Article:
Sympathy for the devil is easy when dashing Brit Tom Ellis plays the part. Empathizing with the Third Reich, however? Hell no. That should be clear by now, but a public resurgence of neo-Nazis stateside says otherwise.
Luckily, Paramount Pictures and producer J.J. Abrams gift us a horror-World War II mashup with a firm “no,” Nazis are, in fact, still the worst, white nationalists be damned. No glimmer of hope. No “some of them were good people.” Just the power of an homage to classic Hollywood in a wildly satisfying sci-fi horror thriller.
Occupied France, 24 hours before D-Day, 1944. The Yanks have one task: destroy a radio tower preventing communications for the attack. Several units are charged with the mission, but only four soldiers reach the village near the target. Their leader, Corporal Ford (Wyatt Russell, channeling his dad Kurt with a series of grunts and cryptic one-liners) is jaded by war, while Private Boyce (Jovan Adepo) is untested on the field, still an idealist about rules of engagement.
Pause for a moment to discuss Boyce, a black member of a predominantly white unit. Desegregated units didn’t start until after WWII, but WWII films are peculiar about what’s considered accurate or not. Imagine this: A war film gets the uniforms wrong. That’s forgivable. But if a film depicts black and white soldiers fighting alongside each other? That’s not OK. Why?
Welcome to fiction, where a film can reimagine, idealize the past, go a different way. So, let’s allow “Overlord” to do what it wants and not complain like the internet trolls. You want a film with all-white units, you have your pick.
Back to the film. The radio tower might be the mission, but something more sinister dwells in the church below it. “Overlord” spends ample time on the horrors of war, including a stunning airdrop sequence entirely from Boyce’s point of view worthy of an IMAX screening, but Nazi experiments on the townspeople are a violation against human rights and nature. Hitler’s Germany had a reputation for experimenting on unwilling subjects, but reanimation was probably not as successful as it is here.
This ragtag band of brothers, and their French host Chloe (Mathilde Ollivier), have a limited window to determine if fulfilling the mission is all they must do amid such atrocities, led by SS Hauptsturmführer Wafner (Pilou Asbæk from “Game of Thrones”). Boyce is on board, but Ford is a tough sell, while Tibbet (John Magaro) merely wants to survive and Chase (Iain De Caestecker from “Agents of S.H.I.E.L.D.”) is just a photographer forced to take up arms.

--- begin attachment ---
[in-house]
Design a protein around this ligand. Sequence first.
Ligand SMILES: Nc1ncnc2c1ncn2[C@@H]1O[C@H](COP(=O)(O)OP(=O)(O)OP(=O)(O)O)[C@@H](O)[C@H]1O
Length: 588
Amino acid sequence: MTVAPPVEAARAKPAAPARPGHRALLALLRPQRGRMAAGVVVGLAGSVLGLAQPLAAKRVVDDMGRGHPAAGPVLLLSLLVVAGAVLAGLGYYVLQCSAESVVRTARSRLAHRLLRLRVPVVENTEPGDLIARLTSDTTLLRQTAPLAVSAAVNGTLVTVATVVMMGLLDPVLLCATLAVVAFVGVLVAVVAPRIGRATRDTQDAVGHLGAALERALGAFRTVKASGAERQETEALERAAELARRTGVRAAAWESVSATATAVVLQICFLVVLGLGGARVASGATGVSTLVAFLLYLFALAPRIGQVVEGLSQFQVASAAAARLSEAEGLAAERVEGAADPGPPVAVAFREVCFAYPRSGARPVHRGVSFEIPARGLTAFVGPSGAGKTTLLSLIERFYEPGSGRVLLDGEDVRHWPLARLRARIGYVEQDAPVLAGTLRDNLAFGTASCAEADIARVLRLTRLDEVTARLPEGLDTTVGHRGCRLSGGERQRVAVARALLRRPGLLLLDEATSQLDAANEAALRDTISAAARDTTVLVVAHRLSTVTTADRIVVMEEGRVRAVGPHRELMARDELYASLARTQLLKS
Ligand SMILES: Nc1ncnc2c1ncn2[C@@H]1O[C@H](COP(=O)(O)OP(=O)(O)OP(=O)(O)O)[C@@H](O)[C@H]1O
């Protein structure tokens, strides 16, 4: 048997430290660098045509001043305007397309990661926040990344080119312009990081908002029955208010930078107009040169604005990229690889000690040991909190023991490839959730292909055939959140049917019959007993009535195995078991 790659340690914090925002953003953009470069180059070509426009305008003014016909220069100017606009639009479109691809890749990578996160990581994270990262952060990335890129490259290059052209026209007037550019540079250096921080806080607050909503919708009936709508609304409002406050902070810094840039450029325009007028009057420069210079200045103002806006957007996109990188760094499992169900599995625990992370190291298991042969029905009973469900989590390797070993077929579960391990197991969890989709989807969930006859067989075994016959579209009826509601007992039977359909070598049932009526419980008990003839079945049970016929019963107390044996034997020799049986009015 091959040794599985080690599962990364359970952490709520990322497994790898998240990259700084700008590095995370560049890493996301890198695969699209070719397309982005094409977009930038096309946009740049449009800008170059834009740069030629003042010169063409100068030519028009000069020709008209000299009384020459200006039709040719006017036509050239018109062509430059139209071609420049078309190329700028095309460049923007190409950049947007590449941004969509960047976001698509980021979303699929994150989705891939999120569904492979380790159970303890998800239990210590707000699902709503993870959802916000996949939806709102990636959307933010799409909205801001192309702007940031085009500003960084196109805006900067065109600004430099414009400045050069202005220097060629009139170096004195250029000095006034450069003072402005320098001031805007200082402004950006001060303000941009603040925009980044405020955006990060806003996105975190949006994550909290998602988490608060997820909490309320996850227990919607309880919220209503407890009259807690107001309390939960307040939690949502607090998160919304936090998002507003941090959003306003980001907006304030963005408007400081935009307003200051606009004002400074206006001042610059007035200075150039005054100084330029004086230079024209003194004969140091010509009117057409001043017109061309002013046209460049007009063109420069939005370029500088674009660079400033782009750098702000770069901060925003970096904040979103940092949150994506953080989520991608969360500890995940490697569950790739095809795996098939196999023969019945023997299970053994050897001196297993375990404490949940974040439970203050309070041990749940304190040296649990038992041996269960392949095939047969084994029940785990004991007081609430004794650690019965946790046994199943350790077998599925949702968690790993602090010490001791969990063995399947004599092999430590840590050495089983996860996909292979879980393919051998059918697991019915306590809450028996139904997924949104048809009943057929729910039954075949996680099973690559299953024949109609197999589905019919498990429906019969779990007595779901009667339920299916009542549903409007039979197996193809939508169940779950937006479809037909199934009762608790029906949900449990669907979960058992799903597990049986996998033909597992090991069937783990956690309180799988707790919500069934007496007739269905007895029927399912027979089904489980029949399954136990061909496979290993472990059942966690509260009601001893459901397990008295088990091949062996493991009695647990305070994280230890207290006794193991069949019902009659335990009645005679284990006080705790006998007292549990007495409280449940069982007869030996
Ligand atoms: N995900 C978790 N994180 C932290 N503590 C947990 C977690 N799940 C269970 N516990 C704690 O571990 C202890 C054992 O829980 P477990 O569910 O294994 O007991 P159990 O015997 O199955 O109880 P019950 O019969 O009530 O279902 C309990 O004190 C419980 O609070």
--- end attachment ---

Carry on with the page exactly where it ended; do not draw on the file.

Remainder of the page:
OK, so calling them zombies is a stretch, at least by modern standards. Normal zombies are dead, transforming others into the undead with a bite. These creatures do come back from the void, some hankering for human flesh, but they gain superhuman strength and some can even speak. Plus, the zombie Nazi portion is hardly the most prominent feature of the film. That’s OK. Plenty of others things go down.
Like many horror films, “Overlord” slowly introduces inhuman oddities that will soon dominate the third act. But this is hardly a slow film. Along the way, soldiers drop from planes, dodge bullets, avoid mines and hide from enemy patrols. Long before anything sci-fi arrives, we still traverse the countryside in a war film, all the necessary thrills to keep us company.
Where has director Julius Avery (“Son of a Gun”) been since his first feature film four years ago? No matter, he’s here now, already moving forward with a couple new projects, including a “Flash Gordon” flick. Don’t roll your eyes. After “Overlord,” he can turn “Jersey Shore” into a space opera and make it work.
As an Abrams production, plenty of fans speculated that “Overlord” would be a “Cloverfield” film, the mostly well-made anthology sci-fi film series. That makes sense. Alas, Abrams adamantly denies any connection, but imagining it as the proper third installment, erasing “The Cloverfield Paradox” from the canon, is a fun thought, so let’s make that a thing.
To say “Overlord” is more fun than it should be misses the point. That pretentious line ignores what the horror genre, monster movies, exploitation films and science fiction often get right: original storytelling freed from obligation to science, history and reality. Instead, “Overlord” is a bloody and fantastic romp through several well weathered genres that feel reanimated again (sorry for that).
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